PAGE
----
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Part 2: On perspicaciousness (good judgment, perceptiveness), reasonableness, sagacity, savoir-faire, wisdom, and worldly wisdom


“Máa jẹ́ ǹṣó” lọ̀yà fi ńju ẹmọ́ lọ.
“Go on feeding” is what makes the cane rat fatter than the Tullberg's rat.
(Excessive consideration for others can be disadvantageous.) [81]

“Màá kó ẹrú, màá kó ẹrù” là ḿbá lọ sógun; ọ̀nà lẹnìkẹta ḿbáni.
“I will capture slaves and I will capture loot” is what one has in mind on departure for a war; the third one comes upon one only along the way.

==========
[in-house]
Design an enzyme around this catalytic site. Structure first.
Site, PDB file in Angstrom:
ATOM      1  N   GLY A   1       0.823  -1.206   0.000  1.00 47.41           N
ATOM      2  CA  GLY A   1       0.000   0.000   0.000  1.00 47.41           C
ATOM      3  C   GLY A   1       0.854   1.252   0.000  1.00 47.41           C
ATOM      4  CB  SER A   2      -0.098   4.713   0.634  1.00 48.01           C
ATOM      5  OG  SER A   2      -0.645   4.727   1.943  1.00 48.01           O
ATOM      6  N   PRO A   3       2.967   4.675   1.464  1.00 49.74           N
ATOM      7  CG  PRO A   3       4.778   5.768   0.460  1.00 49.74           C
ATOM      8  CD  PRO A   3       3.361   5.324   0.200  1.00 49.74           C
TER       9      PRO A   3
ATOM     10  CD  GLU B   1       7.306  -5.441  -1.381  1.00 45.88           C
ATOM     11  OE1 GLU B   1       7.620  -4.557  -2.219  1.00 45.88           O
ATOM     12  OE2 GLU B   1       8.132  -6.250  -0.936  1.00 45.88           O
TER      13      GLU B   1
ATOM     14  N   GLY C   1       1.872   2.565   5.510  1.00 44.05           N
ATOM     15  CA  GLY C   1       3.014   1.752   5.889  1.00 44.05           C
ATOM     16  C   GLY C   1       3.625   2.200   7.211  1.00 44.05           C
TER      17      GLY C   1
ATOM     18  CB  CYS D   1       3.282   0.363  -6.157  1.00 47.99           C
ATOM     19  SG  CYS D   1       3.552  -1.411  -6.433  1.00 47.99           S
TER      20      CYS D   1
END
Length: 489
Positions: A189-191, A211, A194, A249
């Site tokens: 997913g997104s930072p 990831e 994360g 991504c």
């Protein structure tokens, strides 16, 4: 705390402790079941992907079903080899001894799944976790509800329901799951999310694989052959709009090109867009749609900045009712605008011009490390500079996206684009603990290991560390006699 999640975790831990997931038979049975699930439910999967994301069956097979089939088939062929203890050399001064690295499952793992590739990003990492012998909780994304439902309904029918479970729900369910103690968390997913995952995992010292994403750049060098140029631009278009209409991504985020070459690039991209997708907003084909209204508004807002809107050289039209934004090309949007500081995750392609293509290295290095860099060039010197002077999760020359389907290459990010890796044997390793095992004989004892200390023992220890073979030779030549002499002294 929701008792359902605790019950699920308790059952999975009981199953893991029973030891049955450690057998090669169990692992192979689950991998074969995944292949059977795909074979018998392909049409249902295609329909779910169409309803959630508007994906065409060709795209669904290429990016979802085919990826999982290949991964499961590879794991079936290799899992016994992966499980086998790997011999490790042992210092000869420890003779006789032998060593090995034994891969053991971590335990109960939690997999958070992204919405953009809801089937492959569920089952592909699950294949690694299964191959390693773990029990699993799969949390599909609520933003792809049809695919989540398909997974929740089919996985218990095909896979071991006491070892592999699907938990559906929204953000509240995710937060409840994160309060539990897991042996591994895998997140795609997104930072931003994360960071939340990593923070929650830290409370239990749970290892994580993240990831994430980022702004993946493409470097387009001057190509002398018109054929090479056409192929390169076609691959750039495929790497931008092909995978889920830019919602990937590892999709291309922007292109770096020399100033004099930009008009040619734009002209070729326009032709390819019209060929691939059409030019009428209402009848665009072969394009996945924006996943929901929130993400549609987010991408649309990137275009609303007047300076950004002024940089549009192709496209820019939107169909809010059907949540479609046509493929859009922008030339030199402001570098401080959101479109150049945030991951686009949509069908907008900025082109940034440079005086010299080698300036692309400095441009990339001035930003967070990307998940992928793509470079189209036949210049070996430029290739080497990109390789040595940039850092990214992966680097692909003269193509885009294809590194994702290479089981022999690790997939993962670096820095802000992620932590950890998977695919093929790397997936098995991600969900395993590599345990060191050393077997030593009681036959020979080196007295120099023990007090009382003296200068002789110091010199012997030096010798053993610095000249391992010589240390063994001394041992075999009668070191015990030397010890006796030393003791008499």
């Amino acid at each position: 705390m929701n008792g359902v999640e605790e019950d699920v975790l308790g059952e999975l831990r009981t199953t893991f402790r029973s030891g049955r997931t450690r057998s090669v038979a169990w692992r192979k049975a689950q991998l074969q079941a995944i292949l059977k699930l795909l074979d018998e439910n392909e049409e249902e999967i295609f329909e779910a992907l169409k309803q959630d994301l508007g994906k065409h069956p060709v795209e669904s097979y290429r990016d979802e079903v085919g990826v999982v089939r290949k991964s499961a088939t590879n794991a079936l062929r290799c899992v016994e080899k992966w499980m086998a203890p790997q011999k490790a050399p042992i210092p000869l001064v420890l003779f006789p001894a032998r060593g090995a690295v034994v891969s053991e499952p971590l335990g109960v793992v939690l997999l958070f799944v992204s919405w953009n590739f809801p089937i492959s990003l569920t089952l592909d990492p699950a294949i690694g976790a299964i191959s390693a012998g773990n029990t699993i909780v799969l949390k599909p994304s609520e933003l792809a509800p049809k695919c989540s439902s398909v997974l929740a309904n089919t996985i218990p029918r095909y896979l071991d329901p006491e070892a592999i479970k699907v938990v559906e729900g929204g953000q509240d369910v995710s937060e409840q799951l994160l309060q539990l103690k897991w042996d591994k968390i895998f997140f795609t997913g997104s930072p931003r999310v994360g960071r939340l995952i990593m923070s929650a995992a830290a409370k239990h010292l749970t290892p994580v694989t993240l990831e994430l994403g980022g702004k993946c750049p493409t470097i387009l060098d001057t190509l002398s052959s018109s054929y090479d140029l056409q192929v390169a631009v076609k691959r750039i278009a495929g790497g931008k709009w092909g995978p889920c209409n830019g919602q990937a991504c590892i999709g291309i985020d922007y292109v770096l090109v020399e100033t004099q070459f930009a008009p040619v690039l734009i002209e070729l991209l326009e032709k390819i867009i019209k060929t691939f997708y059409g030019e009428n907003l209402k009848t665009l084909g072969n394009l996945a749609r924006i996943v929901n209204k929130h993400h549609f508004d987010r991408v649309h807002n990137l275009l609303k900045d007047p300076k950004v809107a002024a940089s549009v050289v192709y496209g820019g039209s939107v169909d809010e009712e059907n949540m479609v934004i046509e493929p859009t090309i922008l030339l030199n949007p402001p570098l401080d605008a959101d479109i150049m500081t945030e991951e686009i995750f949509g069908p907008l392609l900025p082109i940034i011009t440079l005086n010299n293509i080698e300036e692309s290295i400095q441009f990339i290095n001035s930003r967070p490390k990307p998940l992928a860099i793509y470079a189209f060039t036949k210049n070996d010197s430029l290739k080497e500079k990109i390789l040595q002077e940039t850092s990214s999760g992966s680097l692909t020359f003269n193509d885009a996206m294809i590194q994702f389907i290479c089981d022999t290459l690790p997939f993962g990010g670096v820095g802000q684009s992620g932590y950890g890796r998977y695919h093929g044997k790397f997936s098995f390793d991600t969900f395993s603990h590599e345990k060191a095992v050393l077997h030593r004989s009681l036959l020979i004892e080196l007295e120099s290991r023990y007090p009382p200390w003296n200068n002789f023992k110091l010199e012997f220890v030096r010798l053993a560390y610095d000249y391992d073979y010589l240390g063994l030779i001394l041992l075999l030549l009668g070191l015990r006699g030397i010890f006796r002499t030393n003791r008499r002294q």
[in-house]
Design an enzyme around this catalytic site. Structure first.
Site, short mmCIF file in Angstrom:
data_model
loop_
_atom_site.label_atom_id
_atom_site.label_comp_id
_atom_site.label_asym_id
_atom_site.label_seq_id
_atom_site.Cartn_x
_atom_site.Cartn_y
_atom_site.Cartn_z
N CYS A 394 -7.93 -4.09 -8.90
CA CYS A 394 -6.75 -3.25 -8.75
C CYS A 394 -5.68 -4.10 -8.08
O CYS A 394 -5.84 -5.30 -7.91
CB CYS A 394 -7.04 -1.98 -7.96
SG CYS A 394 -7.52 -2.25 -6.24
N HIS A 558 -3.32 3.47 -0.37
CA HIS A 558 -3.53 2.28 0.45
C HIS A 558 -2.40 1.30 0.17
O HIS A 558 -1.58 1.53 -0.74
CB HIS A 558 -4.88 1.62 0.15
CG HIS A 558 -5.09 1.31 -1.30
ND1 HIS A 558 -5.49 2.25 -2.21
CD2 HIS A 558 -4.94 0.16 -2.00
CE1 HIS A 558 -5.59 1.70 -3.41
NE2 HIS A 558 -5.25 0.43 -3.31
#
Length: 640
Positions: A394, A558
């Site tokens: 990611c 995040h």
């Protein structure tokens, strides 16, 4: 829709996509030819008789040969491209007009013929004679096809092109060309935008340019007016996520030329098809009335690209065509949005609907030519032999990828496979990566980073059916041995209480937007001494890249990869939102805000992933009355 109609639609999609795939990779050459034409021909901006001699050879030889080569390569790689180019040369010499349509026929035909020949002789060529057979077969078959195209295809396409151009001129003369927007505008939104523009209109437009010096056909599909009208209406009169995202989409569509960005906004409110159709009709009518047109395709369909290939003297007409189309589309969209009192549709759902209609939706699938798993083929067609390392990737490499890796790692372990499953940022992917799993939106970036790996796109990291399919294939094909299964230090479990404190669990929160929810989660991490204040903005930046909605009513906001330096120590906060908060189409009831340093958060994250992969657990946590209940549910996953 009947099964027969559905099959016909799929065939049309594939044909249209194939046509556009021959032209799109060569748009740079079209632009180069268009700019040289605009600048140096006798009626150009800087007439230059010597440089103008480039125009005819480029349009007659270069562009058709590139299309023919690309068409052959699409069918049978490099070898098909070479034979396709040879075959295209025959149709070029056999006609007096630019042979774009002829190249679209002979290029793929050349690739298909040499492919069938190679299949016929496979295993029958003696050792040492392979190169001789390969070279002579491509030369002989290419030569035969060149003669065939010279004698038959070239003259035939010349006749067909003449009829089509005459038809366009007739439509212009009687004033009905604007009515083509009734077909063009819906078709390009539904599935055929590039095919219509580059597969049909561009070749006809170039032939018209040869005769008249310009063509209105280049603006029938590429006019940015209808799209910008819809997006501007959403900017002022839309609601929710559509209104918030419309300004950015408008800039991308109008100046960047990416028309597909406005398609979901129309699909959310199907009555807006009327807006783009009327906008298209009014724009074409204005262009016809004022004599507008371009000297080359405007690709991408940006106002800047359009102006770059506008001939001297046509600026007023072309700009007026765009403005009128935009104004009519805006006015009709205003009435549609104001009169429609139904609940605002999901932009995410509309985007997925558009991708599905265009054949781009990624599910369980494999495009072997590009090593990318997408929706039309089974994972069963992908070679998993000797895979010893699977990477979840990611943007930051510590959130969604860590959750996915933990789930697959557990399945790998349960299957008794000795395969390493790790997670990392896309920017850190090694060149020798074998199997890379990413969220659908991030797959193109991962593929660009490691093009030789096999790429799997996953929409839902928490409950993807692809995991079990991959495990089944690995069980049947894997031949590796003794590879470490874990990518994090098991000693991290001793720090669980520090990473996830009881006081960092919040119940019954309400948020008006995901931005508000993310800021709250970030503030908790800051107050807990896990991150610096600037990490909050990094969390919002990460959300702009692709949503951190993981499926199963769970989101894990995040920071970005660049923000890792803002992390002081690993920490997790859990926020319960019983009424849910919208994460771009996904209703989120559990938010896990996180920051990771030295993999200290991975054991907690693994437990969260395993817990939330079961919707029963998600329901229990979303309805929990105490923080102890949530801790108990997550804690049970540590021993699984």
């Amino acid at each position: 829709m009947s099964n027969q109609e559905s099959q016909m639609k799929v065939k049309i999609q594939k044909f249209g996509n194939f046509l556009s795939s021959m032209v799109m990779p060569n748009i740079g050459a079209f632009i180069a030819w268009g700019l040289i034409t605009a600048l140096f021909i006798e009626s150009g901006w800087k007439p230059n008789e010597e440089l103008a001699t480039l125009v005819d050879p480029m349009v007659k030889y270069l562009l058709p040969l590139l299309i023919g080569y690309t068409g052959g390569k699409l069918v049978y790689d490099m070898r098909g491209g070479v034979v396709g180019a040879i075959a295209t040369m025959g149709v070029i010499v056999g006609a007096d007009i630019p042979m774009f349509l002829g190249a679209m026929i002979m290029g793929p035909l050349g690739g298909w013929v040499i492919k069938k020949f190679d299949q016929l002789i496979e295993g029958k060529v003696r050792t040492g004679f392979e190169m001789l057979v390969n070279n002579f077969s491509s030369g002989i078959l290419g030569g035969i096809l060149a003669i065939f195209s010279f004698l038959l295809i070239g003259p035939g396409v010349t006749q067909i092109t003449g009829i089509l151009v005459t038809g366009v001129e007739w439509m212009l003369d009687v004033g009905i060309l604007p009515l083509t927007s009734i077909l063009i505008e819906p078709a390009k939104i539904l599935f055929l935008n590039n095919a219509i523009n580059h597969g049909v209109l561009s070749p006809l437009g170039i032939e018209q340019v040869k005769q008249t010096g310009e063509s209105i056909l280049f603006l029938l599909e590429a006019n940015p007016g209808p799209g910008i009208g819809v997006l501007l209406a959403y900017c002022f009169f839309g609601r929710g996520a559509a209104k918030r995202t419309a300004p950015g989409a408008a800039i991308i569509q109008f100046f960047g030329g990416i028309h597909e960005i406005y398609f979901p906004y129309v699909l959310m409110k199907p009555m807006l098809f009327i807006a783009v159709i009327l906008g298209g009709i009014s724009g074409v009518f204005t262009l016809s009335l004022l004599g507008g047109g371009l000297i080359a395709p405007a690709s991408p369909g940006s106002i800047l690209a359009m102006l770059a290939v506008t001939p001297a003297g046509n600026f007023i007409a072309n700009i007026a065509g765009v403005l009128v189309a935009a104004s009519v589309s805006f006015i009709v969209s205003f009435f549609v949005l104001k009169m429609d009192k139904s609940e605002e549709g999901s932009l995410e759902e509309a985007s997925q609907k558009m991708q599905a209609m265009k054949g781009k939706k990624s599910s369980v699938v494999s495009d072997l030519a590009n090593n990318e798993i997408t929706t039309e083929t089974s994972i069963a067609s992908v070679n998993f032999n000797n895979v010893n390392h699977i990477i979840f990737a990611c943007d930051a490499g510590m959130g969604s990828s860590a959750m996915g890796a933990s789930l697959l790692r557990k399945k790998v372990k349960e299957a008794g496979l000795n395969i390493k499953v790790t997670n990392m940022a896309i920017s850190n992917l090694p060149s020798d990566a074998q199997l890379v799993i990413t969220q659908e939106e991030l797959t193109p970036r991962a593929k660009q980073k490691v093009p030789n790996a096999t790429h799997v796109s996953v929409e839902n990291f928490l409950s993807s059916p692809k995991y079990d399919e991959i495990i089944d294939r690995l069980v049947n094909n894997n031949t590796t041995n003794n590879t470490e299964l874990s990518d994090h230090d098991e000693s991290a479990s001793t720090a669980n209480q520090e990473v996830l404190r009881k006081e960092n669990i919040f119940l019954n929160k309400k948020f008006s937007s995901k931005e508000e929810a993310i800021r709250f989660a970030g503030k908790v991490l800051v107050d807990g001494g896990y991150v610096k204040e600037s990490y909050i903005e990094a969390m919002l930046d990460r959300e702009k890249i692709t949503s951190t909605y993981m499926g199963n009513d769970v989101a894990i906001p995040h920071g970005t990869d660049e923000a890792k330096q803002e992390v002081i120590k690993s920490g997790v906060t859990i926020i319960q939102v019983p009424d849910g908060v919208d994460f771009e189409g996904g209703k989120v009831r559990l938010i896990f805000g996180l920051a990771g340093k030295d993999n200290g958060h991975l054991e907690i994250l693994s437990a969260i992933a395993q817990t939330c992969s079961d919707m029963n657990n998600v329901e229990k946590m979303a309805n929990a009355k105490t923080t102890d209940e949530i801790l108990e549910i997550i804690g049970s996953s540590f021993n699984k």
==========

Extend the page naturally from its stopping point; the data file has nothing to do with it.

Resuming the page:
(Too often one is so preoccupied with the good aspects of a proposition that the bad aspects sneak up on one.) [82]

Màjèṣín dóbò àkọ́kọ́, ó sáré yọ okó síta, ó ní Olúwa-á ṣeun.
The tender youth has sex for the first time ever, pulls out his penis prematurely, and says “God be praised!”
(A novice knows not how to relish good things.)

Mójú-kúrò nilé ayé gbà; gbogbo ọ̀rọ̀ kọ́ ló ṣéé bínú sí.
Judicious forebearance is the wise approach to the world; not every matter deserve to be angry at.
(The best way to live is to ignore petty annoyances.)


81. The Tullberg's rat is supposed to have told the cane rat (also known as cutting grass) to eat first of their common food. The latter fed rather well, leaving little for the former to eat.  [Back to text]


82. The third thing that surprises the soldier along the way is death.  [Back to text]